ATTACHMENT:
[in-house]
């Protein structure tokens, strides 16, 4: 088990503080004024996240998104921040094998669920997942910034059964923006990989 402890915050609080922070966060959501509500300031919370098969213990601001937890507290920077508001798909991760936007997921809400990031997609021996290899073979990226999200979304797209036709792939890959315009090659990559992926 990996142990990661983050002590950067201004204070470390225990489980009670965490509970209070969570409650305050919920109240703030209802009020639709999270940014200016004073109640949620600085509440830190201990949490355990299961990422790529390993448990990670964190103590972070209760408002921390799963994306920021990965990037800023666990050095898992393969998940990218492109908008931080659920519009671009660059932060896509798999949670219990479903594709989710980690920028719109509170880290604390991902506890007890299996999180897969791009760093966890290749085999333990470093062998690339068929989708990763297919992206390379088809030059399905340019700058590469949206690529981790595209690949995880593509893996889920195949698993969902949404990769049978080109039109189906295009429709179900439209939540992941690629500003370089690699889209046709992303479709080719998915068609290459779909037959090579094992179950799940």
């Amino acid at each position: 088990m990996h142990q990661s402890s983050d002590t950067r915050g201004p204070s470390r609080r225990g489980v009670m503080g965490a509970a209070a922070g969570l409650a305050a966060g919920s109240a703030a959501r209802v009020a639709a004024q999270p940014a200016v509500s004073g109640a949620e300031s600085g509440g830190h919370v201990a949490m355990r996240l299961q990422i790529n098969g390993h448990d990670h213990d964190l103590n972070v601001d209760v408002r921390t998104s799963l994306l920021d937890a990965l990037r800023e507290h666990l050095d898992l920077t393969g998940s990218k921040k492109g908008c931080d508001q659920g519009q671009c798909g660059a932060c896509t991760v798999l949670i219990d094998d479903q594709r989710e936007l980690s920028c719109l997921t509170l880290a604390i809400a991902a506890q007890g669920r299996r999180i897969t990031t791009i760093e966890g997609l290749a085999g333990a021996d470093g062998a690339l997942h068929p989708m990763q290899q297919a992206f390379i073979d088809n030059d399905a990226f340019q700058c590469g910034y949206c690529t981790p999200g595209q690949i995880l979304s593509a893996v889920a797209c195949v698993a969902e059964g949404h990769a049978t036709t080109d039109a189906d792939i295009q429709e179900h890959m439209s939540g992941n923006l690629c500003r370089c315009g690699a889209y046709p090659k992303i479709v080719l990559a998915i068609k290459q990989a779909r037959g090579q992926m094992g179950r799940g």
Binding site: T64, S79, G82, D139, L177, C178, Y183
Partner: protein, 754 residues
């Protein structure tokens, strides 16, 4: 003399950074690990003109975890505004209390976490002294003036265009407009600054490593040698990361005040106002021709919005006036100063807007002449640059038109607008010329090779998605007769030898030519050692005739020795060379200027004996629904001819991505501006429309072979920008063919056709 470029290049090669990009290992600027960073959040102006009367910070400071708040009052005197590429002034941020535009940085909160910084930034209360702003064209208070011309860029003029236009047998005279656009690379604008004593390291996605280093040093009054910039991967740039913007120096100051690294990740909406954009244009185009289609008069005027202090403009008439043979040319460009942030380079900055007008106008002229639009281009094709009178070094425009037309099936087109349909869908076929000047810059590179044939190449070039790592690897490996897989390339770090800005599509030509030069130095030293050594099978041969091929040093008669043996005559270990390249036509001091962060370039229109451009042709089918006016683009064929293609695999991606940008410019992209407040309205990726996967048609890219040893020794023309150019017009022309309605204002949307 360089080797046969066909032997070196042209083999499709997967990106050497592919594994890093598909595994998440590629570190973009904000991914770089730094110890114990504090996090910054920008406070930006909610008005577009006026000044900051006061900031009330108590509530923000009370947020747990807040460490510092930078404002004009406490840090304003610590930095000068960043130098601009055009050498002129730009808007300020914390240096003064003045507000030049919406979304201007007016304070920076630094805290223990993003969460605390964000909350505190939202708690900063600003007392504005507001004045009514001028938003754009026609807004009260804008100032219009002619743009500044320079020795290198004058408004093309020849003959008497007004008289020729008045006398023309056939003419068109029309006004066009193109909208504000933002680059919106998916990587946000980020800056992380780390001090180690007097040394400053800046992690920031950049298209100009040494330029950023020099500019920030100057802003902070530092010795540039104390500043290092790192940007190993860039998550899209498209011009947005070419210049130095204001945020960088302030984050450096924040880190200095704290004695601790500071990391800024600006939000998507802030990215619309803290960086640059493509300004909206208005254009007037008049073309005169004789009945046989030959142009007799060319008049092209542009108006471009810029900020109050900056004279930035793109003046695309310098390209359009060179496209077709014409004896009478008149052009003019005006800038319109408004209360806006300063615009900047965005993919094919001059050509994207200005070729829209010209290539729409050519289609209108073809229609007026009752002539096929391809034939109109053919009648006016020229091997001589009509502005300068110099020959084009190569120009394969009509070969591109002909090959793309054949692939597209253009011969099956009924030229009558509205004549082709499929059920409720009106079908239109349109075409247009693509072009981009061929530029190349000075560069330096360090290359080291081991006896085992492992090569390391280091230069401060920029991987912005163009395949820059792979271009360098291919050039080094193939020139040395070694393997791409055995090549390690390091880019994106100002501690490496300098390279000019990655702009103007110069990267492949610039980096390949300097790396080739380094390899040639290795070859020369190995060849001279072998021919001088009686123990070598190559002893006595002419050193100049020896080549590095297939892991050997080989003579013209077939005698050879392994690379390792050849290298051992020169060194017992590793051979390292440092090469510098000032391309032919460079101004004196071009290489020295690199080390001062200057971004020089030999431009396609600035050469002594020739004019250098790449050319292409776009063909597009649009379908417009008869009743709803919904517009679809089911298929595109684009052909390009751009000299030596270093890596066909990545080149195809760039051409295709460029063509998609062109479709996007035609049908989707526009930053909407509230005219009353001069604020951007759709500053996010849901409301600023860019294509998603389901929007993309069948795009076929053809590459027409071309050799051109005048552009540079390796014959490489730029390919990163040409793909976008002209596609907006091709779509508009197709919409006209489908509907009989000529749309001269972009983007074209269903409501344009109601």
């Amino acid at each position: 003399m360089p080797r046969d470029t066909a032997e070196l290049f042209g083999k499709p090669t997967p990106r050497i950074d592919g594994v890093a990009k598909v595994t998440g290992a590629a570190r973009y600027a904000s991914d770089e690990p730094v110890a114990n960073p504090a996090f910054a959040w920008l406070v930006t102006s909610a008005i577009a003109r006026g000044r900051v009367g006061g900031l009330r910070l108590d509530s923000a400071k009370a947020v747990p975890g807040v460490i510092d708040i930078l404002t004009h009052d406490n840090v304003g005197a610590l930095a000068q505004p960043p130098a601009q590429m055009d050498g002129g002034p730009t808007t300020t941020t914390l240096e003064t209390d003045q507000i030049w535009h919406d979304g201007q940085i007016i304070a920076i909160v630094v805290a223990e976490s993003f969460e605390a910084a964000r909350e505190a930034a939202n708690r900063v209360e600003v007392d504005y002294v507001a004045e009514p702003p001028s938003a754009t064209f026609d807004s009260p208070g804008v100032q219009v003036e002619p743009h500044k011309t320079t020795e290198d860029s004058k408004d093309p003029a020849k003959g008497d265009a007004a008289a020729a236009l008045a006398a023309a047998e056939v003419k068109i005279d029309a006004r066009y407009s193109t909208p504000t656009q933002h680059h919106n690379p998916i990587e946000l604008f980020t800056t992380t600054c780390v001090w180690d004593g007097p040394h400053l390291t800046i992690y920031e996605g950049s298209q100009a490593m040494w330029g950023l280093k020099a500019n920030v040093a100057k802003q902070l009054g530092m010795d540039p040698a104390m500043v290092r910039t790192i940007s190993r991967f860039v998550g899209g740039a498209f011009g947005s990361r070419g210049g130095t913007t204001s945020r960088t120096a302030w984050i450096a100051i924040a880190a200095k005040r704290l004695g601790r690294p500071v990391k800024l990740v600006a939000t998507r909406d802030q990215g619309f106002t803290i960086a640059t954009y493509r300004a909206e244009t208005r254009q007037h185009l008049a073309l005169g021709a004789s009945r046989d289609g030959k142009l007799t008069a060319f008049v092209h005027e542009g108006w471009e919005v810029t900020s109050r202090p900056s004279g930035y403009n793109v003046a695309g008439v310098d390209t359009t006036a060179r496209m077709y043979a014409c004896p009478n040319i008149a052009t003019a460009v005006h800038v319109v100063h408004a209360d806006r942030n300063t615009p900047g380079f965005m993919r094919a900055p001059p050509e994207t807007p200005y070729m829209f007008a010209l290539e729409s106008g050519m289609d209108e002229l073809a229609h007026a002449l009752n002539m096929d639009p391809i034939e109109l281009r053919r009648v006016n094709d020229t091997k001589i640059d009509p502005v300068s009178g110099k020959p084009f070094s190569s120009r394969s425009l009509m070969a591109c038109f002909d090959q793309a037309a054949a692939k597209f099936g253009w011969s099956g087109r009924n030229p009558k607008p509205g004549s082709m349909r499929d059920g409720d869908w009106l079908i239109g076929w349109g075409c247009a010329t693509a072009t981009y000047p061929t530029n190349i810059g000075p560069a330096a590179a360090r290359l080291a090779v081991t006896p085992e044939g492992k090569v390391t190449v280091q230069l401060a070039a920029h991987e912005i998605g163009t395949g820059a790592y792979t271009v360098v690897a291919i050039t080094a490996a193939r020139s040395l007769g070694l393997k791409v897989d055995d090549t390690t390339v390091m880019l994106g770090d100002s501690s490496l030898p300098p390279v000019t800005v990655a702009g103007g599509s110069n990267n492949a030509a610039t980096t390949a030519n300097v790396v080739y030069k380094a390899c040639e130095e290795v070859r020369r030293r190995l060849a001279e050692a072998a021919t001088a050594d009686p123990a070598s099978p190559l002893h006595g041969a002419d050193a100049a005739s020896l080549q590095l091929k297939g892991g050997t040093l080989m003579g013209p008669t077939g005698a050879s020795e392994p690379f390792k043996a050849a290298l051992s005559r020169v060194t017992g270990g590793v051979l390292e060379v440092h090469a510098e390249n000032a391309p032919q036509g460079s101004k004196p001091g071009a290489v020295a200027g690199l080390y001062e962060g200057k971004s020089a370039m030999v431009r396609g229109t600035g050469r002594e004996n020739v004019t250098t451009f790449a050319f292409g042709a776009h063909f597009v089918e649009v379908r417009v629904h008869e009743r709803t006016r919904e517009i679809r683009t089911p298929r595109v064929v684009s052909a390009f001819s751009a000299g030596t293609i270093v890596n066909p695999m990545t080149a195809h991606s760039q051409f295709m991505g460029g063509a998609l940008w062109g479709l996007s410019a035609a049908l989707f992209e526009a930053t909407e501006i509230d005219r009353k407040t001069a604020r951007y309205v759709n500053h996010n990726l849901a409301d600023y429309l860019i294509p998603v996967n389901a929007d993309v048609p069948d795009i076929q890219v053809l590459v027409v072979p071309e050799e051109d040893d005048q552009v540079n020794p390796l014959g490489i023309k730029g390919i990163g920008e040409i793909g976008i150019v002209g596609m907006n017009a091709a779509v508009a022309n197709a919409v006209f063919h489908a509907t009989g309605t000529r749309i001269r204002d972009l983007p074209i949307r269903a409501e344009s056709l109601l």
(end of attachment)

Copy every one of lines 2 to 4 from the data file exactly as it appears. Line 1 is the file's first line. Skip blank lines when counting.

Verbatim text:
């Protein structure tokens, strides 16, 4: 088990503080004024996240998104921040094998669920997942910034059964923006990989 402890915050609080922070966060959501509500300031919370098969213990601001937890507290920077508001798909991760936007997921809400990031997609021996290899073979990226999200979304797209036709792939890959315009090659990559992926 990996142990990661983050002590950067201004204070470390225990489980009670965490509970209070969570409650305050919920109240703030209802009020639709999270940014200016004073109640949620600085509440830190201990949490355990299961990422790529390993448990990670964190103590972070209760408002921390799963994306920021990965990037800023666990050095898992393969998940990218492109908008931080659920519009671009660059932060896509798999949670219990479903594709989710980690920028719109509170880290604390991902506890007890299996999180897969791009760093966890290749085999333990470093062998690339068929989708990763297919992206390379088809030059399905340019700058590469949206690529981790595209690949995880593509893996889920195949698993969902949404990769049978080109039109189906295009429709179900439209939540992941690629500003370089690699889209046709992303479709080719998915068609290459779909037959090579094992179950799940």
């Amino acid at each position: 088990m990996h142990q990661s402890s983050d002590t950067r915050g201004p204070s470390r609080r225990g489980v009670m503080g965490a509970a209070a922070g969570l409650a305050a966060g919920s109240a703030a959501r209802v009020a639709a004024q999270p940014a200016v509500s004073g109640a949620e300031s600085g509440g830190h919370v201990a949490m355990r996240l299961q990422i790529n098969g390993h448990d990670h213990d964190l103590n972070v601001d209760v408002r921390t998104s799963l994306l920021d937890a990965l990037r800023e507290h666990l050095d898992l920077t393969g998940s990218k921040k492109g908008c931080d508001q659920g519009q671009c798909g660059a932060c896509t991760v798999l949670i219990d094998d479903q594709r989710e936007l980690s920028c719109l997921t509170l880290a604390i809400a991902a506890q007890g669920r299996r999180i897969t990031t791009i760093e966890g997609l290749a085999g333990a021996d470093g062998a690339l997942h068929p989708m990763q290899q297919a992206f390379i073979d088809n030059d399905a990226f340019q700058c590469g910034y949206c690529t981790p999200g595209q690949i995880l979304s593509a893996v889920a797209c195949v698993a969902e059964g949404h990769a049978t036709t080109d039109a189906d792939i295009q429709e179900h890959m439209s939540g992941n923006l690629c500003r370089c315009g690699a889209y046709p090659k992303i479709v080719l990559a998915i068609k290459q990989a779909r037959g090579q992926m094992g179950r799940g």
Binding site: T64, S79, G82, D139, L177, C178, Y183